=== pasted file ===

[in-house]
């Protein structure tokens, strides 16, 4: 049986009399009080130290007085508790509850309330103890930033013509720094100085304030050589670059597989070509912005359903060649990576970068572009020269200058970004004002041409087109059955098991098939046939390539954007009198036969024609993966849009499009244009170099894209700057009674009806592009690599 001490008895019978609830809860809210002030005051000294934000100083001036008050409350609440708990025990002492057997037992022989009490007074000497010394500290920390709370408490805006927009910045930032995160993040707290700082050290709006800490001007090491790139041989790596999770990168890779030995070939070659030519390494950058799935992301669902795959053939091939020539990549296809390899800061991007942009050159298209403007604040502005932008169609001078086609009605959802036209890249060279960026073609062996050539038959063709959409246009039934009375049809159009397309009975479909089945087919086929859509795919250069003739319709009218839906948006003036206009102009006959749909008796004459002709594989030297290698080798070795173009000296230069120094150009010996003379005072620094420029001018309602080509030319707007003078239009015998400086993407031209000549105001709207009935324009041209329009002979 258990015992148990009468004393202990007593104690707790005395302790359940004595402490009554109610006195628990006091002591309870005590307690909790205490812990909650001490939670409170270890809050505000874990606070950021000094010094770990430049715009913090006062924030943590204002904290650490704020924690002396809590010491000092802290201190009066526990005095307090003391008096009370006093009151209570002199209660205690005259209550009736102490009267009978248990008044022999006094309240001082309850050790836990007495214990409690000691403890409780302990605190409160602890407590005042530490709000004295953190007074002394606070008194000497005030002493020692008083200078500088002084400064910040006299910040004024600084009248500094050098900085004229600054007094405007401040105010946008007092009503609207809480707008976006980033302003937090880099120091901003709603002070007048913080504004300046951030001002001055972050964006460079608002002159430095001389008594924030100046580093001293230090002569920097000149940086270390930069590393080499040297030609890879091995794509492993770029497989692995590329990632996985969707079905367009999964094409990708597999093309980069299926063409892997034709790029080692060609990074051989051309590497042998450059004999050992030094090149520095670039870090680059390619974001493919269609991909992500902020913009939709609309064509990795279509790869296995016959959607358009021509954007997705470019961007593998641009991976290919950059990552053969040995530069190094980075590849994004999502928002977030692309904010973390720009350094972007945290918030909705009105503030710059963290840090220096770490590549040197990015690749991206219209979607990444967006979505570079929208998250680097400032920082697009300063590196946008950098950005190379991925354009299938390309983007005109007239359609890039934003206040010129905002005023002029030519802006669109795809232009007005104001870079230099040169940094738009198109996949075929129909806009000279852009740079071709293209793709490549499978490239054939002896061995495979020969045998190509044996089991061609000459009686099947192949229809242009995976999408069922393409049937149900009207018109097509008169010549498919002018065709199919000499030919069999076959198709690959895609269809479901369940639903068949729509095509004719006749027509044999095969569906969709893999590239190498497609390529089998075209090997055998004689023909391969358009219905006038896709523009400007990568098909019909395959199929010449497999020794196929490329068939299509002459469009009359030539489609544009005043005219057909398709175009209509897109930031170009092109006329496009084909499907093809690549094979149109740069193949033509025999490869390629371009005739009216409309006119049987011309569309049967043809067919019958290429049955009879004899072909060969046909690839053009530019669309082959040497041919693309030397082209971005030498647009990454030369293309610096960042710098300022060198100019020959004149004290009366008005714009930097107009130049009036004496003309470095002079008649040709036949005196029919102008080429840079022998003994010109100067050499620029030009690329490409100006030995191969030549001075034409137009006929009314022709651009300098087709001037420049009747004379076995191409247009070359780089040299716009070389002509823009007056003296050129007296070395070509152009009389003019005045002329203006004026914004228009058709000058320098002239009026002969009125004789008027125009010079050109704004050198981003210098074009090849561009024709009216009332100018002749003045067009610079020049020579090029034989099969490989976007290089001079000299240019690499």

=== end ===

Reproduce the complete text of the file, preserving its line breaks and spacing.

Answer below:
[in-house]
């Protein structure tokens, strides 16, 4: 049986009399009080130290007085508790509850309330103890930033013509720094100085304030050589670059597989070509912005359903060649990576970068572009020269200058970004004002041409087109059955098991098939046939390539954007009198036969024609993966849009499009244009170099894209700057009674009806592009690599 001490008895019978609830809860809210002030005051000294934000100083001036008050409350609440708990025990002492057997037992022989009490007074000497010394500290920390709370408490805006927009910045930032995160993040707290700082050290709006800490001007090491790139041989790596999770990168890779030995070939070659030519390494950058799935992301669902795959053939091939020539990549296809390899800061991007942009050159298209403007604040502005932008169609001078086609009605959802036209890249060279960026073609062996050539038959063709959409246009039934009375049809159009397309009975479909089945087919086929859509795919250069003739319709009218839906948006003036206009102009006959749909008796004459002709594989030297290698080798070795173009000296230069120094150009010996003379005072620094420029001018309602080509030319707007003078239009015998400086993407031209000549105001709207009935324009041209329009002979 258990015992148990009468004393202990007593104690707790005395302790359940004595402490009554109610006195628990006091002591309870005590307690909790205490812990909650001490939670409170270890809050505000874990606070950021000094010094770990430049715009913090006062924030943590204002904290650490704020924690002396809590010491000092802290201190009066526990005095307090003391008096009370006093009151209570002199209660205690005259209550009736102490009267009978248990008044022999006094309240001082309850050790836990007495214990409690000691403890409780302990605190409160602890407590005042530490709000004295953190007074002394606070008194000497005030002493020692008083200078500088002084400064910040006299910040004024600084009248500094050098900085004229600054007094405007401040105010946008007092009503609207809480707008976006980033302003937090880099120091901003709603002070007048913080504004300046951030001002001055972050964006460079608002002159430095001389008594924030100046580093001293230090002569920097000149940086270390930069590393080499040297030609890879091995794509492993770029497989692995590329990632996985969707079905367009999964094409990708597999093309980069299926063409892997034709790029080692060609990074051989051309590497042998450059004999050992030094090149520095670039870090680059390619974001493919269609991909992500902020913009939709609309064509990795279509790869296995016959959607358009021509954007997705470019961007593998641009991976290919950059990552053969040995530069190094980075590849994004999502928002977030692309904010973390720009350094972007945290918030909705009105503030710059963290840090220096770490590549040197990015690749991206219209979607990444967006979505570079929208998250680097400032920082697009300063590196946008950098950005190379991925354009299938390309983007005109007239359609890039934003206040010129905002005023002029030519802006669109795809232009007005104001870079230099040169940094738009198109996949075929129909806009000279852009740079071709293209793709490549499978490239054939002896061995495979020969045998190509044996089991061609000459009686099947192949229809242009995976999408069922393409049937149900009207018109097509008169010549498919002018065709199919000499030919069999076959198709690959895609269809479901369940639903068949729509095509004719006749027509044999095969569906969709893999590239190498497609390529089998075209090997055998004689023909391969358009219905006038896709523009400007990568098909019909395959199929010449497999020794196929490329068939299509002459469009009359030539489609544009005043005219057909398709175009209509897109930031170009092109006329496009084909499907093809690549094979149109740069193949033509025999490869390629371009005739009216409309006119049987011309569309049967043809067919019958290429049955009879004899072909060969046909690839053009530019669309082959040497041919693309030397082209971005030498647009990454030369293309610096960042710098300022060198100019020959004149004290009366008005714009930097107009130049009036004496003309470095002079008649040709036949005196029919102008080429840079022998003994010109100067050499620029030009690329490409100006030995191969030549001075034409137009006929009314022709651009300098087709001037420049009747004379076995191409247009070359780089040299716009070389002509823009007056003296050129007296070395070509152009009389003019005045002329203006004026914004228009058709000058320098002239009026002969009125004789008027125009010079050109704004050198981003210098074009090849561009024709009216009332100018002749003045067009610079020049020579090029034989099969490989976007290089001079000299240019690499």